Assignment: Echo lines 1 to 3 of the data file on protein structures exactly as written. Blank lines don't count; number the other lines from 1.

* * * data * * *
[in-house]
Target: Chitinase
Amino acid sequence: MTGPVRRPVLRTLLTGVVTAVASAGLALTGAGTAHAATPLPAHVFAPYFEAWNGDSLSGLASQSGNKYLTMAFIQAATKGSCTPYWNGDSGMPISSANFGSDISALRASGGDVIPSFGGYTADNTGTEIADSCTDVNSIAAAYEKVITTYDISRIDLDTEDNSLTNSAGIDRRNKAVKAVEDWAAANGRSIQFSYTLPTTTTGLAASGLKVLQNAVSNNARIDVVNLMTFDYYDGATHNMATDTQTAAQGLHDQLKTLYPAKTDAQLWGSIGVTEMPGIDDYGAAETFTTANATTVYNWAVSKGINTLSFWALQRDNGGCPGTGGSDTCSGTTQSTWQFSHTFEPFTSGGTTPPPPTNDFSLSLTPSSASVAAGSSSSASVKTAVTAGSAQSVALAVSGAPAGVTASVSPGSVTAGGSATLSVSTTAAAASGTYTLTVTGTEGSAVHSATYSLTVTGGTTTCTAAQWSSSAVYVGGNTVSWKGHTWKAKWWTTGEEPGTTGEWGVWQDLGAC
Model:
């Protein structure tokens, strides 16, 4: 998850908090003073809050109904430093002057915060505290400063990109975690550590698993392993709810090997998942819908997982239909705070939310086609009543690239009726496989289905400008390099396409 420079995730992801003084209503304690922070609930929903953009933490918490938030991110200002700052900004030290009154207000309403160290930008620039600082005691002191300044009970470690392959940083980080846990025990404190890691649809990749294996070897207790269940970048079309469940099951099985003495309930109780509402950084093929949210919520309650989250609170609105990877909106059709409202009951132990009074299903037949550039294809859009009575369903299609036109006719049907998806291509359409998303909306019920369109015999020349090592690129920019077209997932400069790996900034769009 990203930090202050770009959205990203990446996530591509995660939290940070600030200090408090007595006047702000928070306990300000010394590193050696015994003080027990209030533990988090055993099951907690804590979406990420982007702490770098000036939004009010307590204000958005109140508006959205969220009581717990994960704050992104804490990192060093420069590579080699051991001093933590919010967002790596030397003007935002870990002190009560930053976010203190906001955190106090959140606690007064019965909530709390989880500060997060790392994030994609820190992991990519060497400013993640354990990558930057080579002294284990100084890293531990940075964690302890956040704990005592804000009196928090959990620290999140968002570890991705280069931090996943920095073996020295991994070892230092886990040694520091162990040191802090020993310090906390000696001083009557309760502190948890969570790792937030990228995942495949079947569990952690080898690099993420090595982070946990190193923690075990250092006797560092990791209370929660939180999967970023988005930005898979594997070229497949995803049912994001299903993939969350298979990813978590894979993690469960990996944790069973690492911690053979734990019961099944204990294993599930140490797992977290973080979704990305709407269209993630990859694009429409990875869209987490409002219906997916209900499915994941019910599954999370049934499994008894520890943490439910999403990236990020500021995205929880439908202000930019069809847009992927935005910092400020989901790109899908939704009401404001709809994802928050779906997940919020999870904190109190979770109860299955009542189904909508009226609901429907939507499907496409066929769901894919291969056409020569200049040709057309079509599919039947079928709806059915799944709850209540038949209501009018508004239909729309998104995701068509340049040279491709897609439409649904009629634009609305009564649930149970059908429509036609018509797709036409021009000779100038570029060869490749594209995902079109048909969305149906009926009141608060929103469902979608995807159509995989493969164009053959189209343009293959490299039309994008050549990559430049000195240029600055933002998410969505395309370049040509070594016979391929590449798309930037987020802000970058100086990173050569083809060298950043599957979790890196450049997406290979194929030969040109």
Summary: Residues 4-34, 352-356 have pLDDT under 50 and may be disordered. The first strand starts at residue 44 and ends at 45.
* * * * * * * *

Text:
[in-house]
Target: Chitinase
Amino acid sequence: MTGPVRRPVLRTLLTGVVTAVASAGLALTGAGTAHAATPLPAHVFAPYFEAWNGDSLSGLASQSGNKYLTMAFIQAATKGSCTPYWNGDSGMPISSANFGSDISALRASGGDVIPSFGGYTADNTGTEIADSCTDVNSIAAAYEKVITTYDISRIDLDTEDNSLTNSAGIDRRNKAVKAVEDWAAANGRSIQFSYTLPTTTTGLAASGLKVLQNAVSNNARIDVVNLMTFDYYDGATHNMATDTQTAAQGLHDQLKTLYPAKTDAQLWGSIGVTEMPGIDDYGAAETFTTANATTVYNWAVSKGINTLSFWALQRDNGGCPGTGGSDTCSGTTQSTWQFSHTFEPFTSGGTTPPPPTNDFSLSLTPSSASVAAGSSSSASVKTAVTAGSAQSVALAVSGAPAGVTASVSPGSVTAGGSATLSVSTTAAAASGTYTLTVTGTEGSAVHSATYSLTVTGGTTTCTAAQWSSSAVYVGGNTVSWKGHTWKAKWWTTGEEPGTTGEWGVWQDLGAC